But that's all water under the bridge. The question now is, what should Maryland do the next time it confronts such an ultimatum?
First, Maryland should work with other states to encourage the federal government to pass legislation that limits the use of incentives. Rep. David Minge (D-Minn.) recently introduced legislation that would tax company-specific subsidies. By reducing the value of incentives, such legislation would help all states resist the urge to open up their checkbooks any time a company comes with hat in hand.
Second, Maryland needs to develop the equivalent of the military's "rules of engagement"--in advance. How high is it willing to bid per job? Will it give incentives only for expansions and new construction? Will it pay only for tangible items that remain if the company decides to leave, such as transportation improvements, buildings, a trained work force? Will it institute "clawbacks" so that it gets its money back if the company does not deliver on its commitments? Will it limit incentives to companies located in distressed areas of the state?
Third, Maryland needs to focus on the building blocks of the New Economy. Glendening has succeeded in making state government more efficient, eliminating 2,550 positions, and more can be done. He should also continue his efforts to reform regulations, streamline the permit process and invest in educational opportunities for all Marylanders.
Fourth, and perhaps most important, the state needs to do more to build on its strengths in technology innovation. Maryland ranks first in the nation in per-capita university research and development and second in federal R&D funding. But Maryland and Virginia are among the few high-tech states without a tax credit for research and development expenditures. Moreover, Maryland has done less to invest in technology-led growth than has Virginia, which created its Center for Innovative Technology (CIT) under the leadership of former governor Charles S. Robb in the mid-1980s. Maryland needs a CIT equivalent to help capitalize on its biotech and information technology clusters.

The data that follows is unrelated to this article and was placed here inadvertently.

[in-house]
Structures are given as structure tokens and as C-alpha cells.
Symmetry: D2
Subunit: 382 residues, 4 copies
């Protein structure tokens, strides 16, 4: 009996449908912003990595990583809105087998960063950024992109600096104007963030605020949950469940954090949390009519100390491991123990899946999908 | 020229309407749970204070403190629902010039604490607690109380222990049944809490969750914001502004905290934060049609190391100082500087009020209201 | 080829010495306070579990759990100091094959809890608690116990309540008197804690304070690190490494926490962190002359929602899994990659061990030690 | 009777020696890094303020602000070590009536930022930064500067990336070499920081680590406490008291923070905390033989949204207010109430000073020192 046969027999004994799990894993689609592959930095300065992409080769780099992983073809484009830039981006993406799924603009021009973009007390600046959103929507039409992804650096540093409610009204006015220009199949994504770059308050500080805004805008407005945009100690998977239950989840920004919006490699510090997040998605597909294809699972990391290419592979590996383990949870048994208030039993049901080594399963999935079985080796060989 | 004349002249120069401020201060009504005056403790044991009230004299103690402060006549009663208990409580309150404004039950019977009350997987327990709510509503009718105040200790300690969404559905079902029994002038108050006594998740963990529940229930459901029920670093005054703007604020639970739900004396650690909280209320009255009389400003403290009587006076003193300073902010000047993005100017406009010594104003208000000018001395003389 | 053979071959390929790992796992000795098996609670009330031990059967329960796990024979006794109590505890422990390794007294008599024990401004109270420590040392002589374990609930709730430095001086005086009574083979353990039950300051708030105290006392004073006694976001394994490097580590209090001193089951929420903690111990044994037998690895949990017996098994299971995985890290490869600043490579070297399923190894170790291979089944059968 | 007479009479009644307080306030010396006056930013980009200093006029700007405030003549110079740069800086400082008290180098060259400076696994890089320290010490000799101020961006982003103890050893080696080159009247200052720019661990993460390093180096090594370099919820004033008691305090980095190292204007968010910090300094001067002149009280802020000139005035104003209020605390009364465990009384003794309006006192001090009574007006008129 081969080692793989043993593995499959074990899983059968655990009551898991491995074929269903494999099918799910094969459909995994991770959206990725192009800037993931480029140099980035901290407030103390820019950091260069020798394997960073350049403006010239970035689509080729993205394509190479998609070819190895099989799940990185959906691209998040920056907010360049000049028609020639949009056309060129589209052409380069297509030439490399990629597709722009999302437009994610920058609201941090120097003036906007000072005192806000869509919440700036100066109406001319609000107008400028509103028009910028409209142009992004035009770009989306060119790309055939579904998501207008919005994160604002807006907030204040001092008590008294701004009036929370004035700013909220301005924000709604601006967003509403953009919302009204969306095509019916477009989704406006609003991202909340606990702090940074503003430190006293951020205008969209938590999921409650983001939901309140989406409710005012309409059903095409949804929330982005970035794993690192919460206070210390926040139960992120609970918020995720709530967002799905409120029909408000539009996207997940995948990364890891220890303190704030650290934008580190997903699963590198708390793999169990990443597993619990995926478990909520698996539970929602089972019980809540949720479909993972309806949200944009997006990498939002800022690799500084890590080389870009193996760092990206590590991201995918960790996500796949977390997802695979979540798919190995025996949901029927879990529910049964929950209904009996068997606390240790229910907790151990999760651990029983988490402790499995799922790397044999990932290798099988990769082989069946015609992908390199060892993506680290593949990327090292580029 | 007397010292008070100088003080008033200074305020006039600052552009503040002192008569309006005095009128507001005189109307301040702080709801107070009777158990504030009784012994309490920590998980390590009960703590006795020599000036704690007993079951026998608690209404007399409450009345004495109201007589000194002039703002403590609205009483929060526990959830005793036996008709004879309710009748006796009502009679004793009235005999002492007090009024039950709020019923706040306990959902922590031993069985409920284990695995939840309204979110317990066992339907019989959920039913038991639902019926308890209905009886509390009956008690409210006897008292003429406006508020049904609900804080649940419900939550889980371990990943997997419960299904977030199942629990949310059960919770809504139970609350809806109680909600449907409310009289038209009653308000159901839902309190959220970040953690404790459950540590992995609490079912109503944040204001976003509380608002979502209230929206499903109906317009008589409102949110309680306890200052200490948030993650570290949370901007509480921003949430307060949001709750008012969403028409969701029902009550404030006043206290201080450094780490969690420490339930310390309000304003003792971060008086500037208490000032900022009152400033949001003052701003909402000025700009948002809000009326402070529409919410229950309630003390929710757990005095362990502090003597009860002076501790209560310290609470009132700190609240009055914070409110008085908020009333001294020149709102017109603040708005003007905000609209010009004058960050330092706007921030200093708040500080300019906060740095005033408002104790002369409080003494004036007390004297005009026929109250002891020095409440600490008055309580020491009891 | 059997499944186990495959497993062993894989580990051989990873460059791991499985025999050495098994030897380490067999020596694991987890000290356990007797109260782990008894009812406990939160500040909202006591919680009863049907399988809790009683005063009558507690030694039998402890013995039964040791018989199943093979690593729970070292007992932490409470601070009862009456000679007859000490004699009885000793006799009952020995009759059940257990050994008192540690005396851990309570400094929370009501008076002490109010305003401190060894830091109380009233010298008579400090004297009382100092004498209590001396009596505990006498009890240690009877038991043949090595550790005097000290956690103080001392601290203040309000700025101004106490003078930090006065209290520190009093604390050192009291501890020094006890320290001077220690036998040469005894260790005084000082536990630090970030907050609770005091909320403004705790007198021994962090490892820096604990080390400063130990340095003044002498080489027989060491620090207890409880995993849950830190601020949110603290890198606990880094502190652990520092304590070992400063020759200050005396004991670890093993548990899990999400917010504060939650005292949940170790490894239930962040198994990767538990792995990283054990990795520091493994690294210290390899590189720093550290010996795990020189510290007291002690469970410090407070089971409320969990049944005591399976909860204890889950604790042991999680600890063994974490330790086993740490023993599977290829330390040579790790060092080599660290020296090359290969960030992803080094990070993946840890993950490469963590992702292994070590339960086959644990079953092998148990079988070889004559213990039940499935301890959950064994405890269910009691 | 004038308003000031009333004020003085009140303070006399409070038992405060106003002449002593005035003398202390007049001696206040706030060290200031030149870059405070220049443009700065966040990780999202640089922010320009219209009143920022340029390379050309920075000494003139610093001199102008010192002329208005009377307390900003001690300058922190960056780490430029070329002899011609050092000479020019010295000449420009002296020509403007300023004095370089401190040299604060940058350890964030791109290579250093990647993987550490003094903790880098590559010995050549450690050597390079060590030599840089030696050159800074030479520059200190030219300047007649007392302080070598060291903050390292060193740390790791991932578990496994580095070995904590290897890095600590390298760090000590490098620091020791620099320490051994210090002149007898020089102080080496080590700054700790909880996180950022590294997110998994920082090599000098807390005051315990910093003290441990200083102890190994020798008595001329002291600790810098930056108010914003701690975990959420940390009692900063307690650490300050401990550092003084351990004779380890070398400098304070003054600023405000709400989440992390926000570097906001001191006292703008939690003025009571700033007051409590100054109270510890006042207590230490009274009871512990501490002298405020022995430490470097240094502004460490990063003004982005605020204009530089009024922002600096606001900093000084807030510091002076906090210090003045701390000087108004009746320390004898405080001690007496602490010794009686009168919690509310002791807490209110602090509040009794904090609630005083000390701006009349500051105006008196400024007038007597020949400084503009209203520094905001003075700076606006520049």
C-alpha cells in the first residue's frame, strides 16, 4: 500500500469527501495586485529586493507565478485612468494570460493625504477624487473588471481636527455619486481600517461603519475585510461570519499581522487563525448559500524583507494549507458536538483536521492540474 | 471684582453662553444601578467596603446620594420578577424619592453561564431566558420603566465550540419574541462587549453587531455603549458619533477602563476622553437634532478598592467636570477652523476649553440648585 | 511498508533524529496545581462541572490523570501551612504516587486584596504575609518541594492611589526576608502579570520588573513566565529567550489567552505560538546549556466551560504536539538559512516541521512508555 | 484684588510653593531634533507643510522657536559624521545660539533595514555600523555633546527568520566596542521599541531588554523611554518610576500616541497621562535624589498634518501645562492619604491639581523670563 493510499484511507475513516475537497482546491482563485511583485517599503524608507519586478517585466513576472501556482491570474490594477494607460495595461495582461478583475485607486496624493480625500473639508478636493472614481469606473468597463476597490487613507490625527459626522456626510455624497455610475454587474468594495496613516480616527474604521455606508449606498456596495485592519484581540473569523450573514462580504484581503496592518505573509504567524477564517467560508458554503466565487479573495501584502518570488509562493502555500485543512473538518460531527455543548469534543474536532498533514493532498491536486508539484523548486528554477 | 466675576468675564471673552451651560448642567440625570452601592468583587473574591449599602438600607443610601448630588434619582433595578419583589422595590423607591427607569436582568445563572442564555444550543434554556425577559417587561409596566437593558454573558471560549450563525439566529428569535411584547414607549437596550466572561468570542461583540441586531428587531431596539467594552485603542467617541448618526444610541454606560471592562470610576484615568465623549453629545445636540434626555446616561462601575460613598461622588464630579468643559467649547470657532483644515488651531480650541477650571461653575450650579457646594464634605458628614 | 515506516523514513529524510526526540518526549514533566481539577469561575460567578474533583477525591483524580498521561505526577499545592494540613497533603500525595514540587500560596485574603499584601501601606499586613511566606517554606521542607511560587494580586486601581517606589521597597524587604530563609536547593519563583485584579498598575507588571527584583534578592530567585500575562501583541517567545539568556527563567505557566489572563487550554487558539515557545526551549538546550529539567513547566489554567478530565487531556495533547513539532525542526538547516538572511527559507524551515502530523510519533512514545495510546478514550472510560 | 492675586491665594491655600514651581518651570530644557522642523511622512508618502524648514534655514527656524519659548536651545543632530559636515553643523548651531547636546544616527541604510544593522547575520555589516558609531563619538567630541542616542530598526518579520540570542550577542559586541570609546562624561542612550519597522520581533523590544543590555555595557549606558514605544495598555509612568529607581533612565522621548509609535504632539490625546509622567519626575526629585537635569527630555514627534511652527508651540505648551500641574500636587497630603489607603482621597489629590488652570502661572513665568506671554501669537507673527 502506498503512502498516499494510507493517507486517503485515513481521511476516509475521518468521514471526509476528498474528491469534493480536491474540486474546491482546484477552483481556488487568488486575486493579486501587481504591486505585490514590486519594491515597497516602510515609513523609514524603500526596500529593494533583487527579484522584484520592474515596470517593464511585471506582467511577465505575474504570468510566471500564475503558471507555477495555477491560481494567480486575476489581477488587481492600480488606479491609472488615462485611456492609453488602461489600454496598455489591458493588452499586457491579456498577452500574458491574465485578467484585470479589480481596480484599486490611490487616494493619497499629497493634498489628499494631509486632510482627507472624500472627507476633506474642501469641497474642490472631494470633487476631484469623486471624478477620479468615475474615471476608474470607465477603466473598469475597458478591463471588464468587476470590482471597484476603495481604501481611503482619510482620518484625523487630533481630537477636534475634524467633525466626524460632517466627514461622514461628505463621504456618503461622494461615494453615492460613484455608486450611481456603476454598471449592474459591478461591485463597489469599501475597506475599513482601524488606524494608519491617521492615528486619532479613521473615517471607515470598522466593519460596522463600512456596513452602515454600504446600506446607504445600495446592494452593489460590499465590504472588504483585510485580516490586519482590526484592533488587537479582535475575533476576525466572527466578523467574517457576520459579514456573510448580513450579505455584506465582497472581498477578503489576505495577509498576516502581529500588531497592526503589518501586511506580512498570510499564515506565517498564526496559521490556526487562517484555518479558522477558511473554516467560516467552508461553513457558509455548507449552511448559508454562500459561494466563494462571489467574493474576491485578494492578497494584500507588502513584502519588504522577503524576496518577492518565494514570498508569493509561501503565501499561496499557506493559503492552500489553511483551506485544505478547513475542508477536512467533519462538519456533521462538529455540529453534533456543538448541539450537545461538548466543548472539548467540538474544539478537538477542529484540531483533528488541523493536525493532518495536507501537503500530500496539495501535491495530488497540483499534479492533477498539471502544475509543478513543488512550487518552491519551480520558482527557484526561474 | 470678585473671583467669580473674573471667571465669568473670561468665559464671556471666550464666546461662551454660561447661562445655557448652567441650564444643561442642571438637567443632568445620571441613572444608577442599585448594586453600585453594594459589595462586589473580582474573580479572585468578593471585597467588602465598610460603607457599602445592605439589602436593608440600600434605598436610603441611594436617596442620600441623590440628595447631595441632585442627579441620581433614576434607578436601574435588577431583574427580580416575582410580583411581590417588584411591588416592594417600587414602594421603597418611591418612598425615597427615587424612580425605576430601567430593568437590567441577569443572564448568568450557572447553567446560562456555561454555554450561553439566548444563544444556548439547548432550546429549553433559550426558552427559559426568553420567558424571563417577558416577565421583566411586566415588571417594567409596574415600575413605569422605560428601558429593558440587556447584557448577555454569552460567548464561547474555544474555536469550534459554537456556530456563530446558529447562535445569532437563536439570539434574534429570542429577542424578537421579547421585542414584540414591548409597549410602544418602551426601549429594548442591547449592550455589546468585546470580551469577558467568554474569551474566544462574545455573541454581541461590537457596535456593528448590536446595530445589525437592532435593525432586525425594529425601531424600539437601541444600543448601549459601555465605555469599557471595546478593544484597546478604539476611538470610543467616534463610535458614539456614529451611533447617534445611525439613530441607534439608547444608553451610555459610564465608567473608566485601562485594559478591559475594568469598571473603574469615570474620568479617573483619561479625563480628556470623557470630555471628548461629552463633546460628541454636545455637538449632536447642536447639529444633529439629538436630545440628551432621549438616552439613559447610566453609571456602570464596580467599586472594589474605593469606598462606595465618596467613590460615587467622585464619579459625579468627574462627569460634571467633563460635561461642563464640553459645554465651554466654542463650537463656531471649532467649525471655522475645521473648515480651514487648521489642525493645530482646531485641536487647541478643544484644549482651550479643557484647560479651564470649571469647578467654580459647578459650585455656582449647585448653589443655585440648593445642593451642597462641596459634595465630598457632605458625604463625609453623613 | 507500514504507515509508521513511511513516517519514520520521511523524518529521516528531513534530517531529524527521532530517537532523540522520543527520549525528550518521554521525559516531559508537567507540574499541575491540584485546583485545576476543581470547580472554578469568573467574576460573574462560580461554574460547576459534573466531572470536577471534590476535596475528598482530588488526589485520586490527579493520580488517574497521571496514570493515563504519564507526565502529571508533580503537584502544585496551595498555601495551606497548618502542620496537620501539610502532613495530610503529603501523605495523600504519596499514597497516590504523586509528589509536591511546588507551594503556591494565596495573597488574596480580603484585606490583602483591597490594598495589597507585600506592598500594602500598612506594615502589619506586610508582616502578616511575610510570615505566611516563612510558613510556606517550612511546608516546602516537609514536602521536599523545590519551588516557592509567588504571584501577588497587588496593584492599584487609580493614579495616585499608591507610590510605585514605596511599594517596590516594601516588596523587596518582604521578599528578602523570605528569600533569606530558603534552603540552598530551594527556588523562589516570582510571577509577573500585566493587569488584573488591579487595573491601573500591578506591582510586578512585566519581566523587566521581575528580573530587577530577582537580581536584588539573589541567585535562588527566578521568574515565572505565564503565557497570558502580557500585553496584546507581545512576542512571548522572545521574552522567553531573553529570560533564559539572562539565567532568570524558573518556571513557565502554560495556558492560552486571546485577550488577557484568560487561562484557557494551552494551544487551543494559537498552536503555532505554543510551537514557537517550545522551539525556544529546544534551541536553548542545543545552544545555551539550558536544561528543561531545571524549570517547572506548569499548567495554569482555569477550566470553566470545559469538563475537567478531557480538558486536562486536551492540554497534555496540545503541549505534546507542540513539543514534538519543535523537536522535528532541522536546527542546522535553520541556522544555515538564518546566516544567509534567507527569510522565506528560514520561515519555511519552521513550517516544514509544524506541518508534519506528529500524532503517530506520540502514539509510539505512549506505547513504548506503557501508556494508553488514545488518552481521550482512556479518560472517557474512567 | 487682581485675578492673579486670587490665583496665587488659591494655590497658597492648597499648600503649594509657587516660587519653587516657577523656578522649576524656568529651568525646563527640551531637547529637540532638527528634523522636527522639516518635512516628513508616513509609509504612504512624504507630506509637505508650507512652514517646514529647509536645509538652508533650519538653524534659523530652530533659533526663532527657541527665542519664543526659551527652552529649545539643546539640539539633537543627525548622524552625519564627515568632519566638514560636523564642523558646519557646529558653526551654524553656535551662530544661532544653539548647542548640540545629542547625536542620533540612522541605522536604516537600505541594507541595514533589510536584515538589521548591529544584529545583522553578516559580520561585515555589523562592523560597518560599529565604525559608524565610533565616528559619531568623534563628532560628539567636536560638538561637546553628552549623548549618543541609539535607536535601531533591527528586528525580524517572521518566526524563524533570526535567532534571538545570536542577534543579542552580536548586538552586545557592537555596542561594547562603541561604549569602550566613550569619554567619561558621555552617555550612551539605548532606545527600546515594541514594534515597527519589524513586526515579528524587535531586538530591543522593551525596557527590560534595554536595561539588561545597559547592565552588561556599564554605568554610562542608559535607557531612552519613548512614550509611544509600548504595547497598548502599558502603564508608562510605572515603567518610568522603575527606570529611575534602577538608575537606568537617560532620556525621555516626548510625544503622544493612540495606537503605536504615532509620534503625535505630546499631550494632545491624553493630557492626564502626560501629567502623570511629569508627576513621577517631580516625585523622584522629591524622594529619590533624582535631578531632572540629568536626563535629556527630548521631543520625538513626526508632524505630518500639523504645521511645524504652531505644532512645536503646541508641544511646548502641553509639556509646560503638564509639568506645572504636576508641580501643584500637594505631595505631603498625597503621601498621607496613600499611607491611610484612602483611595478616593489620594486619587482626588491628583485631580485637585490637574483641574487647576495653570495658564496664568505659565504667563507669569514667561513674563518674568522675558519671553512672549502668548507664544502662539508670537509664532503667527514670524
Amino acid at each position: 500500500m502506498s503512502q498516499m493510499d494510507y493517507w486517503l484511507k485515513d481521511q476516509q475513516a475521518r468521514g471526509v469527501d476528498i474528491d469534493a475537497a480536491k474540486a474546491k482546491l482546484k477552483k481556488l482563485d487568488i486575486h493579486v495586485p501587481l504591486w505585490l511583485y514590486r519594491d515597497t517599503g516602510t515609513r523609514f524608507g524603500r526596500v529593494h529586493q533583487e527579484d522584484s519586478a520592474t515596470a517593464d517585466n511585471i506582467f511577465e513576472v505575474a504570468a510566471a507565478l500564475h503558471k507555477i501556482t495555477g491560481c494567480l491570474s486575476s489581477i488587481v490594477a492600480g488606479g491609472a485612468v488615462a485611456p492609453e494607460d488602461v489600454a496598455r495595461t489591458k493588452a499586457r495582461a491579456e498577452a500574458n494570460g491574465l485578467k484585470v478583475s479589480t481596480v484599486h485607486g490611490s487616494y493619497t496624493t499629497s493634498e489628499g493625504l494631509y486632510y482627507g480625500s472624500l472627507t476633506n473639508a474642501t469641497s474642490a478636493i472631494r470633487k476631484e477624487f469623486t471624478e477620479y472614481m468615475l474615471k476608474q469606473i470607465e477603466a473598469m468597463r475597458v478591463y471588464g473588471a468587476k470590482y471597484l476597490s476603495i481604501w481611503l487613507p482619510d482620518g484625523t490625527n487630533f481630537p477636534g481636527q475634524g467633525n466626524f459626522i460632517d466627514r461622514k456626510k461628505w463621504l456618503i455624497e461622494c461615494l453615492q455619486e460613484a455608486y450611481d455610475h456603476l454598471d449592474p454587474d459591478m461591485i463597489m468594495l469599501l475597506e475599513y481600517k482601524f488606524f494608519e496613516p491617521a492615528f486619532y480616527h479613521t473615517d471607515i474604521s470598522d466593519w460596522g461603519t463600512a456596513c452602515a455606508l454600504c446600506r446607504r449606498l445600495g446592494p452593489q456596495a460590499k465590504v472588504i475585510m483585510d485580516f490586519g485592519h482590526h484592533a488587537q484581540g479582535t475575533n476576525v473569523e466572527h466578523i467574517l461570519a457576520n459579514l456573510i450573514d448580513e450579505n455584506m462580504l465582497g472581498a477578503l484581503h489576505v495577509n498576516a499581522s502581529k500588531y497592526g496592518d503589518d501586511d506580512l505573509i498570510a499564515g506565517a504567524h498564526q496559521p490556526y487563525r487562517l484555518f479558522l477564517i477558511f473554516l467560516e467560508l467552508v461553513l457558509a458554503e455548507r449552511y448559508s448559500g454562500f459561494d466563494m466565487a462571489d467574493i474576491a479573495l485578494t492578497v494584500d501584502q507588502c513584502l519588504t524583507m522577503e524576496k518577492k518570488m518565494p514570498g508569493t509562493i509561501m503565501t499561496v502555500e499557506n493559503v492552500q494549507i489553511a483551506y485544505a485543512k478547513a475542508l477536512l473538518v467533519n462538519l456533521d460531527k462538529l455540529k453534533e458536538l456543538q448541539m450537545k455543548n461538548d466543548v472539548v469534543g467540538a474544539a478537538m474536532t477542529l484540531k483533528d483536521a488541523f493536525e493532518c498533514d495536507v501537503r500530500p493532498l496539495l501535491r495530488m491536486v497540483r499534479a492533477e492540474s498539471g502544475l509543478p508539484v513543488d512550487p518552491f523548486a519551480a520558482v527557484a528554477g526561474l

Fifth, if the state does not solve its growing transportation gridlock, all the incentives in the world won't make any difference. The construction of the intercounty connector between I-270 and I-95 might be the best investment the state could make to ensure the sustainability of Montgomery and Prince George's counties' economies.
Finally, the region's political leaders need to call a cease-fire in the incentive wars and work cooperatively.
It's time for the whole region to invest in education and training initiatives, universities, transportation infrastructure, and public policies supporting technological innovation. Successful economic development in the New Economy is not about subsidies to an individual company. Rather, it is about the kinds of investments that will drive our economy, improve our quality of life and raise incomes for all in the next century.
Robert Atkinson, a Montgomery County resident, is the former executive director of the Rhode Island Economic Policy Council.